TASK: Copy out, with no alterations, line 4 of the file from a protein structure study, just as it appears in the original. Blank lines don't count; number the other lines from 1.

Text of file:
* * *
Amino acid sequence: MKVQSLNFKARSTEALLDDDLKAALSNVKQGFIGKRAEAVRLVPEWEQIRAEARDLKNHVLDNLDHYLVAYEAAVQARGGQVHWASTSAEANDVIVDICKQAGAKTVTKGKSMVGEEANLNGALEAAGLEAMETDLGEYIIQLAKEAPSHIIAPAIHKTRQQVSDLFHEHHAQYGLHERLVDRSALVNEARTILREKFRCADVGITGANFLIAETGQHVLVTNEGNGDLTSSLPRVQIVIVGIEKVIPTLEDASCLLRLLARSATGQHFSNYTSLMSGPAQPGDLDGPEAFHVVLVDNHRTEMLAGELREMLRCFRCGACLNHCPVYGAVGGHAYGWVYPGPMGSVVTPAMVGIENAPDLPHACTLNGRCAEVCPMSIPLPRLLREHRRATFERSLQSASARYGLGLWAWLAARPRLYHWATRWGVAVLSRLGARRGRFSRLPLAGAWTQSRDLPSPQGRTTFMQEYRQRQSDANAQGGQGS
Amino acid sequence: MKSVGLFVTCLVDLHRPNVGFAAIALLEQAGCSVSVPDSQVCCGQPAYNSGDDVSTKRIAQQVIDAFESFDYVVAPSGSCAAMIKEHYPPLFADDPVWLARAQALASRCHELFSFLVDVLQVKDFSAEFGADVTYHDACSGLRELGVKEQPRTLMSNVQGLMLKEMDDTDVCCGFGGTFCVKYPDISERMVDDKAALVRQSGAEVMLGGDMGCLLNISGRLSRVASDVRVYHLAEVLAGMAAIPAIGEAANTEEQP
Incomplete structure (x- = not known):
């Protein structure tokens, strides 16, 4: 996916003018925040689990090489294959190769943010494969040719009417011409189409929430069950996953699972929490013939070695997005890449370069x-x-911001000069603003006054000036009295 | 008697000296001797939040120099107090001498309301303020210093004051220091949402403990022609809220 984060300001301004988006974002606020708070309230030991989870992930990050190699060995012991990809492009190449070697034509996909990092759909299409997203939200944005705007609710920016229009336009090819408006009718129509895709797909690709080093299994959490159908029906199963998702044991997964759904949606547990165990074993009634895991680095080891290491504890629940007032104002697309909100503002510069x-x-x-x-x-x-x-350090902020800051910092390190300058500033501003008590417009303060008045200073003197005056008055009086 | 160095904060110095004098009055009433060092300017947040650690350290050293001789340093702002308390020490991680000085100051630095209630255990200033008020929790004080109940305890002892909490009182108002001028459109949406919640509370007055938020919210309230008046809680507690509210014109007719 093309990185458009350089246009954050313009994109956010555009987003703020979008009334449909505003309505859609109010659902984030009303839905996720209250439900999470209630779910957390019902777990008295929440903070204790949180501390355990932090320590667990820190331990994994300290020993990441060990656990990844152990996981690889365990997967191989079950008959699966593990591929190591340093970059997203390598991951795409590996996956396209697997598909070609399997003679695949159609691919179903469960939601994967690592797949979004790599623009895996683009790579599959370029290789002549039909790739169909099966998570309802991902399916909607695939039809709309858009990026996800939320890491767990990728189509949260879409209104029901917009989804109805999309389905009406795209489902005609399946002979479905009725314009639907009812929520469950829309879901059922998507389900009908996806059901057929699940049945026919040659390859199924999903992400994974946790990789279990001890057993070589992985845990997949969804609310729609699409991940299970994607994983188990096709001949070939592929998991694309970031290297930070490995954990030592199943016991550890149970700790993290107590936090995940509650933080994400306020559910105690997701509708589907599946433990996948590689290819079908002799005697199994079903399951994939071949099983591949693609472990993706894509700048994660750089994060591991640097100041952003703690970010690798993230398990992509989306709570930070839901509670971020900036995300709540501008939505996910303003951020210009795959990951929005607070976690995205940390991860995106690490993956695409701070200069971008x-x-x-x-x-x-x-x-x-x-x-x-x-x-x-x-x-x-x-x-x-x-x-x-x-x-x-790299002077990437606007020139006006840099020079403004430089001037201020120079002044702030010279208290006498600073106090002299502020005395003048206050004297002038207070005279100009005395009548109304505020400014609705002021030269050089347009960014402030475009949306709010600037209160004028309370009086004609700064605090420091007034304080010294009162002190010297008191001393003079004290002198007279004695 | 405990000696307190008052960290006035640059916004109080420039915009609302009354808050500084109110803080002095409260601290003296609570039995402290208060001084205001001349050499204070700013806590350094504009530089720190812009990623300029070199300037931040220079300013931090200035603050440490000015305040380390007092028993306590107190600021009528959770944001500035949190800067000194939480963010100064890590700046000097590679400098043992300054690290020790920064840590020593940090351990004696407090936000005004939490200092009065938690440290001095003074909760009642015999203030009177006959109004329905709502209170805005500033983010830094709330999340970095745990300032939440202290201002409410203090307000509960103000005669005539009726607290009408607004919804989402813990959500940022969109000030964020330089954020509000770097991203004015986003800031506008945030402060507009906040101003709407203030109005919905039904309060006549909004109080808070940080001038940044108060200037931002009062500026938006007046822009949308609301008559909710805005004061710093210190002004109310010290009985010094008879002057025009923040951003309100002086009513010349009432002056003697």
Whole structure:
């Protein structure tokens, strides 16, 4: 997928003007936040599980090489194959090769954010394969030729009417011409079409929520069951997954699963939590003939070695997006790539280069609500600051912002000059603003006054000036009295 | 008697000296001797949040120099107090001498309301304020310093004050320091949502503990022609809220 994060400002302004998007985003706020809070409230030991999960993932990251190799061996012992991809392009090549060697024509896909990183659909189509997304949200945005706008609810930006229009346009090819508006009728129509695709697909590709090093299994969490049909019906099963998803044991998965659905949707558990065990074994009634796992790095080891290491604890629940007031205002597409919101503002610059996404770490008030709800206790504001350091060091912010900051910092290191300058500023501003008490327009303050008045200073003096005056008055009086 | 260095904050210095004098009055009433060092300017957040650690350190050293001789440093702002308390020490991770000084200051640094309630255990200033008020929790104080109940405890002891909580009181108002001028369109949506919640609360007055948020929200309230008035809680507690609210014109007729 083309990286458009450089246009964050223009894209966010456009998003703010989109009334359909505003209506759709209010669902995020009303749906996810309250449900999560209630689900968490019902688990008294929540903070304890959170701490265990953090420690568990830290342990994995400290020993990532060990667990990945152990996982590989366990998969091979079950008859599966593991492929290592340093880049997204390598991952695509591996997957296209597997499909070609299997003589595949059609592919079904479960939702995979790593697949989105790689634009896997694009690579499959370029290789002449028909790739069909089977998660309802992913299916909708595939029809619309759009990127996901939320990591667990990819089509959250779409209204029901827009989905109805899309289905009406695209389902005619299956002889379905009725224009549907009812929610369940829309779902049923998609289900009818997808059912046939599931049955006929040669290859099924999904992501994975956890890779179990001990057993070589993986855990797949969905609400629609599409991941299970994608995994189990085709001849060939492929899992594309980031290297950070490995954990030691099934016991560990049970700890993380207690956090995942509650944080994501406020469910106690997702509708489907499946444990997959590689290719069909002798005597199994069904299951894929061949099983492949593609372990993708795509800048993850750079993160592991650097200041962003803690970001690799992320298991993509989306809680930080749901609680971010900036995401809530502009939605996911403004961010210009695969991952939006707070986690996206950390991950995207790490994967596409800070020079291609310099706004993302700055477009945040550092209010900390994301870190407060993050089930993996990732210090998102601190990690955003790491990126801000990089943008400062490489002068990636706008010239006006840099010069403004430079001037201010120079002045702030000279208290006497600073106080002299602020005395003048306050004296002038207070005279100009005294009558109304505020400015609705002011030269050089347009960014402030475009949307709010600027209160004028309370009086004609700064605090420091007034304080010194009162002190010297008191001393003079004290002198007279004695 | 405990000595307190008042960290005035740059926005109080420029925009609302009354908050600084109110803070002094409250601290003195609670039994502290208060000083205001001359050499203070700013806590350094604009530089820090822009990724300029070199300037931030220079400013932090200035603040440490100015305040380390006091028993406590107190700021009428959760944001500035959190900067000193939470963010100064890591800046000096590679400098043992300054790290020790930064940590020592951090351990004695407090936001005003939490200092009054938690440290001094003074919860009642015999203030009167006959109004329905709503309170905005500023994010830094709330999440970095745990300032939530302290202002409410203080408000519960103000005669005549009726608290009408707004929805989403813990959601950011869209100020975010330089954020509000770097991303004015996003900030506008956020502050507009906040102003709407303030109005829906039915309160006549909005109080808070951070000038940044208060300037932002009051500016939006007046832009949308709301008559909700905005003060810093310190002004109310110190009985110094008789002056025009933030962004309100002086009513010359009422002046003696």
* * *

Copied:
């Protein structure tokens, strides 16, 4: 996916003018925040689990090489294959190769943010494969040719009417011409189409929430069950996953699972929490013939070695997005890449370069x-x-911001000069603003006054000036009295 | 008697000296001797939040120099107090001498309301303020210093004051220091949402403990022609809220 984060300001301004988006974002606020708070309230030991989870992930990050190699060995012991990809492009190449070697034509996909990092759909299409997203939200944005705007609710920016229009336009090819408006009718129509895709797909690709080093299994959490159908029906199963998702044991997964759904949606547990165990074993009634895991680095080891290491504890629940007032104002697309909100503002510069x-x-x-x-x-x-x-350090902020800051910092390190300058500033501003008590417009303060008045200073003197005056008055009086 | 160095904060110095004098009055009433060092300017947040650690350290050293001789340093702002308390020490991680000085100051630095209630255990200033008020929790004080109940305890002892909490009182108002001028459109949406919640509370007055938020919210309230008046809680507690509210014109007719 093309990185458009350089246009954050313009994109956010555009987003703020979008009334449909505003309505859609109010659902984030009303839905996720209250439900999470209630779910957390019902777990008295929440903070204790949180501390355990932090320590667990820190331990994994300290020993990441060990656990990844152990996981690889365990997967191989079950008959699966593990591929190591340093970059997203390598991951795409590996996956396209697997598909070609399997003679695949159609691919179903469960939601994967690592797949979004790599623009895996683009790579599959370029290789002549039909790739169909099966998570309802991902399916909607695939039809709309858009990026996800939320890491767990990728189509949260879409209104029901917009989804109805999309389905009406795209489902005609399946002979479905009725314009639907009812929520469950829309879901059922998507389900009908996806059901057929699940049945026919040659390859199924999903992400994974946790990789279990001890057993070589992985845990997949969804609310729609699409991940299970994607994983188990096709001949070939592929998991694309970031290297930070490995954990030592199943016991550890149970700790993290107590936090995940509650933080994400306020559910105690997701509708589907599946433990996948590689290819079908002799005697199994079903399951994939071949099983591949693609472990993706894509700048994660750089994060591991640097100041952003703690970010690798993230398990992509989306709570930070839901509670971020900036995300709540501008939505996910303003951020210009795959990951929005607070976690995205940390991860995106690490993956695409701070200069971008x-x-x-x-x-x-x-x-x-x-x-x-x-x-x-x-x-x-x-x-x-x-x-x-x-x-x-790299002077990437606007020139006006840099020079403004430089001037201020120079002044702030010279208290006498600073106090002299502020005395003048206050004297002038207070005279100009005395009548109304505020400014609705002021030269050089347009960014402030475009949306709010600037209160004028309370009086004609700064605090420091007034304080010294009162002190010297008191001393003079004290002198007279004695 | 405990000696307190008052960290006035640059916004109080420039915009609302009354808050500084109110803080002095409260601290003296609570039995402290208060001084205001001349050499204070700013806590350094504009530089720190812009990623300029070199300037931040220079300013931090200035603050440490000015305040380390007092028993306590107190600021009528959770944001500035949190800067000194939480963010100064890590700046000097590679400098043992300054690290020790920064840590020593940090351990004696407090936000005004939490200092009065938690440290001095003074909760009642015999203030009177006959109004329905709502209170805005500033983010830094709330999340970095745990300032939440202290201002409410203090307000509960103000005669005539009726607290009408607004919804989402813990959500940022969109000030964020330089954020509000770097991203004015986003800031506008945030402060507009906040101003709407203030109005919905039904309060006549909004109080808070940080001038940044108060200037931002009062500026938006007046822009949308609301008559909710805005004061710093210190002004109310010290009985010094008879002057025009923040951003309100002086009513010349009432002056003697």